A New York Christmas : Several members read this title which is set in New York in 1904 finding it an enjoyable story reading about the upper classes and the race and slave element of that time and where new American money and old English aristocracy collided.  Jemima Pitt is there to chaperone her friend Delphinia (Phinnie)who has crossed the ocean to marry one of New York’s richest men Brent Albright,  but Jemima, whose father was the Head of Special Branch in London, discovers a secret about Maria Cardew, Phinnie’s mother, that could destroy the future of her friend who she is there to protect. The story was philosophical and predictable and perhaps “twee” at times but had a need to keep reading it to see what eventually happens.  Enjoyable and easy read.

A Christmas Odyssey : A couple of members read this title with one reporting that they enjoyed the story of the missing wayward son of upper class James Wentworth set in Victorian London with Sir Henry Rathbone’s help with the investigation taking it to the seedy underworld but another member did not really enjoy the details of this part of the story.  It was a story of faith, hope, love and redemption emerging from the depths of Victorian society in 1864. So a mixed review for this one.

Summer Of ’76 by Isabel Ashdown

Ten members were welcomed to this month’s meeting with apologies and their thoughts on the book received from 10 other members unable to attend. The meeting began with everyone wishing Joan their best wishes on her news that she was moving to the West Country, she had sent a lovely email to the Group with her apologies for not being able to be with us as she was moving the following day and saying how much she had enjoyed being a member of our Group. Everyone agreed that she would be really missed and had been a valued and lovely friendly member and were sure that she would find another Group on the Mainland who would be very lucky to have her. Of course if not we were all sure that she could and should start a new one!!!!

Brenda then opened the discussion by asking members what they had thought of the book. Several members initially voiced their struggle to stay reading the story and also general disinterest with it, starting OK then a bit of an anti-climax and then just fizzling out! One member said it felt a bit pedestrian and others saying there really wasn’t that much going on to keep reading to the end apart from the hope “perhaps it MIGHT get better” with several members admitting to not finishing the book although curious as how it would end.

Most members said that they had been looking forward to and reminiscing with the names of familiar places as the Island was being highly featured but some struggled slightly with some of the descriptions of Luke and Martins’ journeys which were definitely not accurate. For example, Sandown seemed remarkably near Woodside where Luke’s Nan lived! Others also felt that the author had used the known accounts of the famous (or even infamous) UK Summer heatwave of 1976 and had built the book and centred it around them using “placed” Island towns, villages and tourist areas and was just determined to get them all in, not in depth and coming across that she did not really appear to have the detailed knowledge herself but obviously knew someone who could detail it for her.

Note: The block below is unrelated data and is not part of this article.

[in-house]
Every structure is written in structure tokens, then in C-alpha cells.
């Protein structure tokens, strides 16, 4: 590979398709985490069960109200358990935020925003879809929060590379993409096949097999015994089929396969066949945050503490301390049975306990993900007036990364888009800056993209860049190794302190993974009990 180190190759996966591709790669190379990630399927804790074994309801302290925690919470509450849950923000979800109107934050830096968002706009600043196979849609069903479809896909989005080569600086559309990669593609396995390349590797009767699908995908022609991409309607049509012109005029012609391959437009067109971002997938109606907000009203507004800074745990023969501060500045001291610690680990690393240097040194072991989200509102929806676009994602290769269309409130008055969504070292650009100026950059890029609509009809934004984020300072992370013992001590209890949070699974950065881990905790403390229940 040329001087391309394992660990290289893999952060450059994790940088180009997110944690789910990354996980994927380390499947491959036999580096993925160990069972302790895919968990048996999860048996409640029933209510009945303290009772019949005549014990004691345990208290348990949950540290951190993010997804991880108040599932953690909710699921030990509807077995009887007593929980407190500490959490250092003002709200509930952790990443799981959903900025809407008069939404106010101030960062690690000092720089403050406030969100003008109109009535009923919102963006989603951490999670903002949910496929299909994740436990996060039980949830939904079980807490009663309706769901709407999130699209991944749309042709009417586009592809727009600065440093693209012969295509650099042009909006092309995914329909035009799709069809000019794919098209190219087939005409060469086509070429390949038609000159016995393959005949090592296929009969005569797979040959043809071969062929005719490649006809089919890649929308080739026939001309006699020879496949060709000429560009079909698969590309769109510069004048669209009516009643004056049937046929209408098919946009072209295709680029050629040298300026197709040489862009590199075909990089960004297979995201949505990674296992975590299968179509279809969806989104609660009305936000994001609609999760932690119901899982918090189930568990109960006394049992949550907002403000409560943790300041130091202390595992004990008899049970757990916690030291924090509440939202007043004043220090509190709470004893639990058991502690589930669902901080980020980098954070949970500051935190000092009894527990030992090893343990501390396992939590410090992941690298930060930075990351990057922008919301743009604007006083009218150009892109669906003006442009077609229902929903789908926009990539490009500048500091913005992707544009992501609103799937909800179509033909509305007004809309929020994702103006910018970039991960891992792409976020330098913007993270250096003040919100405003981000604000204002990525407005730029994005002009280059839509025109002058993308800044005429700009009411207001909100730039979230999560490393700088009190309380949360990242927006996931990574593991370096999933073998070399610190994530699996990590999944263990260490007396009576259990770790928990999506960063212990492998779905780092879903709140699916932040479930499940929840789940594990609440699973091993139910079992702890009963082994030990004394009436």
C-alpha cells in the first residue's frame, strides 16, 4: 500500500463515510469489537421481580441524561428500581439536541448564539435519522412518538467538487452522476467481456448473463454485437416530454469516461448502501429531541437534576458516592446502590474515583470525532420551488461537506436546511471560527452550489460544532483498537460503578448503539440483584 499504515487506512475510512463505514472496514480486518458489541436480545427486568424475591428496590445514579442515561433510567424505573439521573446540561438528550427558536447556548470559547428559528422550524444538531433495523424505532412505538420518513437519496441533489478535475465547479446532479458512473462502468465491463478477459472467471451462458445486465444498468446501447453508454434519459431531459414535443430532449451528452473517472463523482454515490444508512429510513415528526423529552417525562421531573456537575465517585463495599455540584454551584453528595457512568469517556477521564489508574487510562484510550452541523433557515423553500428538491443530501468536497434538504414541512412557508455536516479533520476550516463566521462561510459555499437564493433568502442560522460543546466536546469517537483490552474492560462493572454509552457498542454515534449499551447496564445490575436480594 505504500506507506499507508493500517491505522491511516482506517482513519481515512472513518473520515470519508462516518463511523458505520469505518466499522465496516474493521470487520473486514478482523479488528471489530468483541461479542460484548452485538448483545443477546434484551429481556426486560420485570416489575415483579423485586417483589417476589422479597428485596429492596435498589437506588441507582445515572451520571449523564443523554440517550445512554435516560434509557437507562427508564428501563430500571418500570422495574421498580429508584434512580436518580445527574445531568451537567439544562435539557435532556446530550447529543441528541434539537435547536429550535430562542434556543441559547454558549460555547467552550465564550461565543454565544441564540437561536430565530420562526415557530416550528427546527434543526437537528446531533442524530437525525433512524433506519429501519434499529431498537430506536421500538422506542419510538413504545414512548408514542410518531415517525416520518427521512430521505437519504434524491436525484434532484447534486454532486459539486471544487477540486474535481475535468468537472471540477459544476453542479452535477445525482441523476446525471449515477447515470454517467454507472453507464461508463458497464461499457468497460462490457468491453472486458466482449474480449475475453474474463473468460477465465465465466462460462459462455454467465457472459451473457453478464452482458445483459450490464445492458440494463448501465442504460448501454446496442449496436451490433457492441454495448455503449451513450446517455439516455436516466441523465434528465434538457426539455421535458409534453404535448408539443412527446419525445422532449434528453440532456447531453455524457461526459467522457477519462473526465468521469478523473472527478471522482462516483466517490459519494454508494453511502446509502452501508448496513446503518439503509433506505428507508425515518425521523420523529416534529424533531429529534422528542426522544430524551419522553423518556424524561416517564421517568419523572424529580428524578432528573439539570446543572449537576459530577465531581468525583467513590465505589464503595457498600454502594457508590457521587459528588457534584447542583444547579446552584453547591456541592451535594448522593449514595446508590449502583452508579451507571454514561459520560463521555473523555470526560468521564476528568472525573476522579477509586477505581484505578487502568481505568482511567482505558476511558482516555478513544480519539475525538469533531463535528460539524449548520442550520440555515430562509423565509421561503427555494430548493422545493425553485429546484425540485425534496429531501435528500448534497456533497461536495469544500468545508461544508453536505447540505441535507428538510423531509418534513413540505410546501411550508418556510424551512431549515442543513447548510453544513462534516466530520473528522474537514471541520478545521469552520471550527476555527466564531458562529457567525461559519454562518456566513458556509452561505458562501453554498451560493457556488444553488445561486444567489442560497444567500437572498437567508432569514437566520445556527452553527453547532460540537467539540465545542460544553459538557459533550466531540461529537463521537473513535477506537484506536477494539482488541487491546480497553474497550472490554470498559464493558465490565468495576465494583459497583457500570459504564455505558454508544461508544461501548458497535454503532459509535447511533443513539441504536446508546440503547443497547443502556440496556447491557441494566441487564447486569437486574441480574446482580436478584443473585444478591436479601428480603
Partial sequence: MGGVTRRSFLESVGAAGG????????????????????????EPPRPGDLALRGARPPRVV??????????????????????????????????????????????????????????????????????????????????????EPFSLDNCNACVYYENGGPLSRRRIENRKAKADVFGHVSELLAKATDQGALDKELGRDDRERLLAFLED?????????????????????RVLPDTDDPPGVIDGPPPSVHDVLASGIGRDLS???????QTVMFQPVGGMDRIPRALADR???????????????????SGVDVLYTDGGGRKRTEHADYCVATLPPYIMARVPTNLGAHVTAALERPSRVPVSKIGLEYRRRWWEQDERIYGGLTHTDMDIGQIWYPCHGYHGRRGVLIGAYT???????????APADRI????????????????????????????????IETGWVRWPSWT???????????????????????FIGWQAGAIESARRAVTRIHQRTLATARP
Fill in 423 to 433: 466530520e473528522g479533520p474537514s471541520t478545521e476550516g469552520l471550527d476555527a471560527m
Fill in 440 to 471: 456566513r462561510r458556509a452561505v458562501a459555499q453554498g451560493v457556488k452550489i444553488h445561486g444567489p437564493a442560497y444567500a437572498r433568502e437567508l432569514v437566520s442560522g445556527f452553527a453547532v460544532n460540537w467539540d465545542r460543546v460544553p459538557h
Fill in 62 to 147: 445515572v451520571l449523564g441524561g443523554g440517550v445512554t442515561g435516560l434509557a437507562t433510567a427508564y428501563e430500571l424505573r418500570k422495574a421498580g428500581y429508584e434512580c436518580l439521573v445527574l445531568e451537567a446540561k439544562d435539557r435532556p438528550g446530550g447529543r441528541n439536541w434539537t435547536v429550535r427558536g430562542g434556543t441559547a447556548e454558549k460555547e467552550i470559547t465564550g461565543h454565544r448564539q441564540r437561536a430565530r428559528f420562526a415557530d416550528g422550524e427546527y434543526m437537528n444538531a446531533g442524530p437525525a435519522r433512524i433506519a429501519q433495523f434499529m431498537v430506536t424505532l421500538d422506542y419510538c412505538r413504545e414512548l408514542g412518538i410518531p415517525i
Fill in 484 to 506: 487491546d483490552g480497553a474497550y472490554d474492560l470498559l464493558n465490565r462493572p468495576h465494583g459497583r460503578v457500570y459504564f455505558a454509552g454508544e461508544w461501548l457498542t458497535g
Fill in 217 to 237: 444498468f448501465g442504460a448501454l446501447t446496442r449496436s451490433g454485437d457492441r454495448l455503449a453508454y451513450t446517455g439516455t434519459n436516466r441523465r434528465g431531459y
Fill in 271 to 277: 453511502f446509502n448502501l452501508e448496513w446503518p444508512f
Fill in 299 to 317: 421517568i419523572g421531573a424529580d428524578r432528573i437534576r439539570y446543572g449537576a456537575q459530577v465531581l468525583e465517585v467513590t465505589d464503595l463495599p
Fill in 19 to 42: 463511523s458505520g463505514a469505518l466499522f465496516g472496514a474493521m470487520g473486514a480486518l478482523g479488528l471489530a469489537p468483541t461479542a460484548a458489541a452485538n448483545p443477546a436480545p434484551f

Apart from Chapter headings of Met Office weather reports for the Isle of Wight during the Summer of 1976 and THAT promise on the front cover of the book “In the heat of the moment” and one member saying that having read the book half way through she “couldn’t hang around to see what it was” and thinking did she miss something? There was nothing much of a relevant one either to it in the book! A few members did find it fun to read, light and easy and could identify with the characters and local people but found it generally a somewhat superficial book which glossed over a lot of issues but did not delve into any of them. Recall of the 1970’s lifestyle was fairly familiar with a few members saying that it was thought they were conjured up more from their own knowledge back then rather than from skilled writing here. The storyline characters were discussed with members agreeing that the book may have been better to have been set and a better read too with the likeable Martin as the main character with his story and future more in depth. Perhaps a sequel!!!??

Following our discussion of the book and evoking everything 1970’s and to “wind up” the evening an interesting and hilarious discussion followed with members regaling stories with regards to life on and off the Island during this era All I am going to say is whilst on your travels out and about look for that Pampas Grass!!!!

 

So to summarise …………….

Most members thought the book was an easy read, with names of familiar places set on the Island, identifiable with some of the characters of the era (yes only some of them!!) but nearly everyone found themselves struggling with a shallow, pedestrian, disappointing and something of nothing book which glossed over lots of issues of the day, had no real story to it and was a real anti-climax. Not helped by the use of a prologue at the beginning of this book which was felt to have given away any “mystery element” should anyone had read it previously.

So, although not totally “disliked” it was a definite “thumbs down” for us.

We voted NOT to recommend it to a friend!

A Month In The Country by J.L. Carr

Ten members attended and were welcomed to this month’s meeting at The Cloisters, Bembridge to discuss the above book with apologies received from 9 members unable to be with us together with notes of their comments and views on the book which were added to the discussion “pot”.